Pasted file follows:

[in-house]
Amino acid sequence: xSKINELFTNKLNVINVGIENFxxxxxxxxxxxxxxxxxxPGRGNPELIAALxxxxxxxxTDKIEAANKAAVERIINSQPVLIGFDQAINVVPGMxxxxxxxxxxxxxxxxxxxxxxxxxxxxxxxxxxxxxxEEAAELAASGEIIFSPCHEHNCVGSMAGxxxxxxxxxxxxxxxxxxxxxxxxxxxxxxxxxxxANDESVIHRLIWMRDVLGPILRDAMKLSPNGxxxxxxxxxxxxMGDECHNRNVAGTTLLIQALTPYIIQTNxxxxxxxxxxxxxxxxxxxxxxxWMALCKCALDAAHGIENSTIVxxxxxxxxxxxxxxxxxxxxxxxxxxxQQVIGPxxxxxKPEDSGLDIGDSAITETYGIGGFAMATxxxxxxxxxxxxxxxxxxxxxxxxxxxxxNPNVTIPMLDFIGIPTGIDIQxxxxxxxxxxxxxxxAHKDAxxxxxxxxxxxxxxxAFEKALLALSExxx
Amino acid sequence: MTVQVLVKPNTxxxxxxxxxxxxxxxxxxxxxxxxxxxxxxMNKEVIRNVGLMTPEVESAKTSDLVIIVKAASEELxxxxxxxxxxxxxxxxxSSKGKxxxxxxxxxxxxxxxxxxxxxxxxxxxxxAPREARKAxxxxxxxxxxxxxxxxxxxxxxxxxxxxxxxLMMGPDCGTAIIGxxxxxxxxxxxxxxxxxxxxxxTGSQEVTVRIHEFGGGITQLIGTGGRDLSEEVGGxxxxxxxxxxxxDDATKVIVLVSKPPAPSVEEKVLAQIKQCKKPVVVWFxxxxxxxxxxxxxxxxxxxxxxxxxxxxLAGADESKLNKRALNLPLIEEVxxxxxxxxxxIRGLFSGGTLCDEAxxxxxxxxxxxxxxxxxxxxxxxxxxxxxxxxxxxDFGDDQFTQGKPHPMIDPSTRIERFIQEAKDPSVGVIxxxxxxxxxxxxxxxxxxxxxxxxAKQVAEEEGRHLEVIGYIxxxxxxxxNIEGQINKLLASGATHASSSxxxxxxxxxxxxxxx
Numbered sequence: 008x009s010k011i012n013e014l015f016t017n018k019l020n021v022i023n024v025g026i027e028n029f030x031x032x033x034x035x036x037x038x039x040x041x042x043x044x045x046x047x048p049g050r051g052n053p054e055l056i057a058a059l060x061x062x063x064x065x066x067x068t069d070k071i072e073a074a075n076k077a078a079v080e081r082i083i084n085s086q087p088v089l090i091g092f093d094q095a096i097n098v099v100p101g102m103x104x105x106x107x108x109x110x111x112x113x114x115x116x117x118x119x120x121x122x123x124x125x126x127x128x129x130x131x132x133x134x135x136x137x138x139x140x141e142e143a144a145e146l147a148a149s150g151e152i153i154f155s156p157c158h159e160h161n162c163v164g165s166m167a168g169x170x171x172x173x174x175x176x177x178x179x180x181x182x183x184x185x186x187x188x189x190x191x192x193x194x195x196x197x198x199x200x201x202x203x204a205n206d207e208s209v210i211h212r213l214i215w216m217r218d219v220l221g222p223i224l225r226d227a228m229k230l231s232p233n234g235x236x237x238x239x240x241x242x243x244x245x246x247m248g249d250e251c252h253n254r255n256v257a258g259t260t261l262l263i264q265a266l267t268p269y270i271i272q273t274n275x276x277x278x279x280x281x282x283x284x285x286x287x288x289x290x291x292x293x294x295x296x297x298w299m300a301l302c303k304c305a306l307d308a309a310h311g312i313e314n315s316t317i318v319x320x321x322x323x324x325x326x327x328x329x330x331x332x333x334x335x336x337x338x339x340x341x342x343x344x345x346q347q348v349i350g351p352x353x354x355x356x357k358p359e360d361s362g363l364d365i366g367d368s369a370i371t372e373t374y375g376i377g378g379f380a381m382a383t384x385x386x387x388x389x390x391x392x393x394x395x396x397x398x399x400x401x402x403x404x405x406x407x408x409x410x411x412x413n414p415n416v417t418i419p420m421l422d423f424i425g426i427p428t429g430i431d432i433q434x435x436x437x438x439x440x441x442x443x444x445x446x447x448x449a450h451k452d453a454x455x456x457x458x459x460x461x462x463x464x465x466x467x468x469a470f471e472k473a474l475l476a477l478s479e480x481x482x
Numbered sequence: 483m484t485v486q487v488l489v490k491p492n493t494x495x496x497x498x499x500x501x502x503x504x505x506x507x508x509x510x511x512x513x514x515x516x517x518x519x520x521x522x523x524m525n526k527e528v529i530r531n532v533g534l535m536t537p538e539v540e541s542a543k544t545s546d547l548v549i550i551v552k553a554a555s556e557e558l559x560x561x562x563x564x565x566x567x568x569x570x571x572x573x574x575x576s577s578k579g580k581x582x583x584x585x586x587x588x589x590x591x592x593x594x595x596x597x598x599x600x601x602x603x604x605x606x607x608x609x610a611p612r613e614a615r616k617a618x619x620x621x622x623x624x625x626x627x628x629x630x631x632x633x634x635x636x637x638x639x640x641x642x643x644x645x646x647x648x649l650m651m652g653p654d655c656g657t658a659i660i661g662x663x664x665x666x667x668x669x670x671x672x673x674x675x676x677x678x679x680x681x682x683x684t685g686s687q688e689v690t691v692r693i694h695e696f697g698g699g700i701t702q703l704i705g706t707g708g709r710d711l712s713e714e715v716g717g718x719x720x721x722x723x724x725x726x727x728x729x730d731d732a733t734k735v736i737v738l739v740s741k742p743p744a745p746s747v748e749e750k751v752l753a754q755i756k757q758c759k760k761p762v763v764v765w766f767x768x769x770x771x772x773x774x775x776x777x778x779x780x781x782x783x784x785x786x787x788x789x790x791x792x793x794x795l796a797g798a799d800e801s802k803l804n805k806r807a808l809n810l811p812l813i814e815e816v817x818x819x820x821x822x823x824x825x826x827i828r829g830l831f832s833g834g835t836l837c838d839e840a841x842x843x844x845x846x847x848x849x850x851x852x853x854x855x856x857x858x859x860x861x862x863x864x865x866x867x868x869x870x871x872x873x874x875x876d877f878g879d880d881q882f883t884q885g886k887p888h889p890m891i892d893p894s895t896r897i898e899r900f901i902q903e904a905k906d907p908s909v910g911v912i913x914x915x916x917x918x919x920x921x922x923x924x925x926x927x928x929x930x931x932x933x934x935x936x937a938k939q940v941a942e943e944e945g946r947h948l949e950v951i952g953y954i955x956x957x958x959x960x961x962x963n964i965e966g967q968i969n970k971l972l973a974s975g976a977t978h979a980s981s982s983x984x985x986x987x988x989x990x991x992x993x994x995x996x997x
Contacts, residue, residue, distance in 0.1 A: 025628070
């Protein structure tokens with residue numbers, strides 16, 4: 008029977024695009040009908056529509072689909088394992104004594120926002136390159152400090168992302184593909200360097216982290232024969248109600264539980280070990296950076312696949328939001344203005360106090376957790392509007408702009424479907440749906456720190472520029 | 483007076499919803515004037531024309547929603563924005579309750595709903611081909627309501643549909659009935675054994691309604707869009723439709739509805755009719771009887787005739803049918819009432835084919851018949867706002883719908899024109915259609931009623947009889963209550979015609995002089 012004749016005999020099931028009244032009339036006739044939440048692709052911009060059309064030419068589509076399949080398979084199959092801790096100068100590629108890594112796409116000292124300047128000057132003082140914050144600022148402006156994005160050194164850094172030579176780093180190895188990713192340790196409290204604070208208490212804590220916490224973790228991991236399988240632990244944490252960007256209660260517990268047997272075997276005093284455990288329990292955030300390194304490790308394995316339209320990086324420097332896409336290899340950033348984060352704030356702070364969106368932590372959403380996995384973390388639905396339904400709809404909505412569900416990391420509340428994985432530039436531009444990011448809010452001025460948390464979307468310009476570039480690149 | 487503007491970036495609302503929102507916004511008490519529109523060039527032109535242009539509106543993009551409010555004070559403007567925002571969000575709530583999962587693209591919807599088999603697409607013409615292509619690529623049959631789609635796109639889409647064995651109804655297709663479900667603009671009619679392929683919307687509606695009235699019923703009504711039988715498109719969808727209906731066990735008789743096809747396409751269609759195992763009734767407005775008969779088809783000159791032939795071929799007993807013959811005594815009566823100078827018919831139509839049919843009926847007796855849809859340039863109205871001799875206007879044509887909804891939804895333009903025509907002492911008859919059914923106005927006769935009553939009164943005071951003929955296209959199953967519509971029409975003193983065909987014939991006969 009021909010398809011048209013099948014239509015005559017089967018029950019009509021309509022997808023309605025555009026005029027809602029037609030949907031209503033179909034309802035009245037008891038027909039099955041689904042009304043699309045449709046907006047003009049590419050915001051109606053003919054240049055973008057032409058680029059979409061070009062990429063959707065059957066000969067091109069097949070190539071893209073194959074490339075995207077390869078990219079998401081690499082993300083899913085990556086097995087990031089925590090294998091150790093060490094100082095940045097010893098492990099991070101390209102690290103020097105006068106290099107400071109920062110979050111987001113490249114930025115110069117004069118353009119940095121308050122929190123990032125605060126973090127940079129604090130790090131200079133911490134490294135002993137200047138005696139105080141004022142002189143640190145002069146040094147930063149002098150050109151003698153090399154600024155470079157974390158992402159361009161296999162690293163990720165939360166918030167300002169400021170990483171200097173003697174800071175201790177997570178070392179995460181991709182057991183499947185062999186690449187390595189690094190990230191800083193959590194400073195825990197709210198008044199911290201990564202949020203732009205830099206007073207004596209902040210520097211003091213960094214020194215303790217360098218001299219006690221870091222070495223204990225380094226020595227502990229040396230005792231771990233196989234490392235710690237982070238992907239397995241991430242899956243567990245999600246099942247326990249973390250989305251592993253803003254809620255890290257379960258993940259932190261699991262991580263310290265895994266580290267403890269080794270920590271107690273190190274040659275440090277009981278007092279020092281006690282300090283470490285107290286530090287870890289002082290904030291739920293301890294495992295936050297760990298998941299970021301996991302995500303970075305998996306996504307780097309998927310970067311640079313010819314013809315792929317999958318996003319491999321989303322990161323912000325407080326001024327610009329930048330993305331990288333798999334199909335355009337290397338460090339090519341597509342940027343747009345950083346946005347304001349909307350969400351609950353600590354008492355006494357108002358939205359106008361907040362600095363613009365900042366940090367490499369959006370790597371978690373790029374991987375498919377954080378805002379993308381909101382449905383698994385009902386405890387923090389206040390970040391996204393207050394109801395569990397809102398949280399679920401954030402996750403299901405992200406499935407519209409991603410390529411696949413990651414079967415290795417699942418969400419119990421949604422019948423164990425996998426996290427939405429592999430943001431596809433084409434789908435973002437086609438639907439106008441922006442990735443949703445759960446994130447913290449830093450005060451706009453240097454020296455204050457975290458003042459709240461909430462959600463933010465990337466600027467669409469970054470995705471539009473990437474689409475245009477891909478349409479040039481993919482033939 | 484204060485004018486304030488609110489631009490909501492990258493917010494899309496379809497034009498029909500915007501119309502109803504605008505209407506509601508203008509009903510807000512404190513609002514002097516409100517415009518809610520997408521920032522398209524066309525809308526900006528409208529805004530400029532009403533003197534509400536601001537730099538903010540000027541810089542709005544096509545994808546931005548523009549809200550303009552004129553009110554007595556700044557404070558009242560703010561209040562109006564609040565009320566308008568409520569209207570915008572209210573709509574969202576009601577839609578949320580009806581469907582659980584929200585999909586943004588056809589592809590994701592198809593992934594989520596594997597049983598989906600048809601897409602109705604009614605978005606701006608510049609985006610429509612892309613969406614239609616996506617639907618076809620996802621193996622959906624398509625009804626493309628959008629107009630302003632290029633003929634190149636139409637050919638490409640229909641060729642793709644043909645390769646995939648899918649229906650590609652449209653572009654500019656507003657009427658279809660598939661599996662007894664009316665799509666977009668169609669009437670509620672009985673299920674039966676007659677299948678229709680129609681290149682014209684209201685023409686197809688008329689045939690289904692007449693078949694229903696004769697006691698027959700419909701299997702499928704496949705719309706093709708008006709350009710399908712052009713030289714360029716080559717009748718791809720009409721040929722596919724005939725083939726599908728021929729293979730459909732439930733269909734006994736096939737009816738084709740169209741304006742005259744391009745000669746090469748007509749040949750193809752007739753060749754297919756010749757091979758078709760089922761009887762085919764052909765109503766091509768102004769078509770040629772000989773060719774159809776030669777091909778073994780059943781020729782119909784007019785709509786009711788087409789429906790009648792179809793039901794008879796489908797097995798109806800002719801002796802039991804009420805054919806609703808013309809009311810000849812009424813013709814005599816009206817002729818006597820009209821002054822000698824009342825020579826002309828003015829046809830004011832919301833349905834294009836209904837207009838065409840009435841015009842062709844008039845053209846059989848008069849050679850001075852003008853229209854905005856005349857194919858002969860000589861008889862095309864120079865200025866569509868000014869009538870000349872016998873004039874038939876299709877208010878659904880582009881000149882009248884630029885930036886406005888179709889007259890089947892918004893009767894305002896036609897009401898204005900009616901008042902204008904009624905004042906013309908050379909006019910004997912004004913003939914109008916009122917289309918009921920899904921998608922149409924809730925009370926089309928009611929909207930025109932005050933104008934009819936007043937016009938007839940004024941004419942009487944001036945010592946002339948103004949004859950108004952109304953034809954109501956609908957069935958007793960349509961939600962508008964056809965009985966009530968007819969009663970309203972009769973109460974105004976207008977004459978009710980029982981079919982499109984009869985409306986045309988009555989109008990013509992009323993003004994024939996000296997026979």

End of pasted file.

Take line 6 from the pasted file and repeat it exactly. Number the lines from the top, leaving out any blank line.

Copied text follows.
Contacts, residue, residue, distance in 0.1 A: 025628070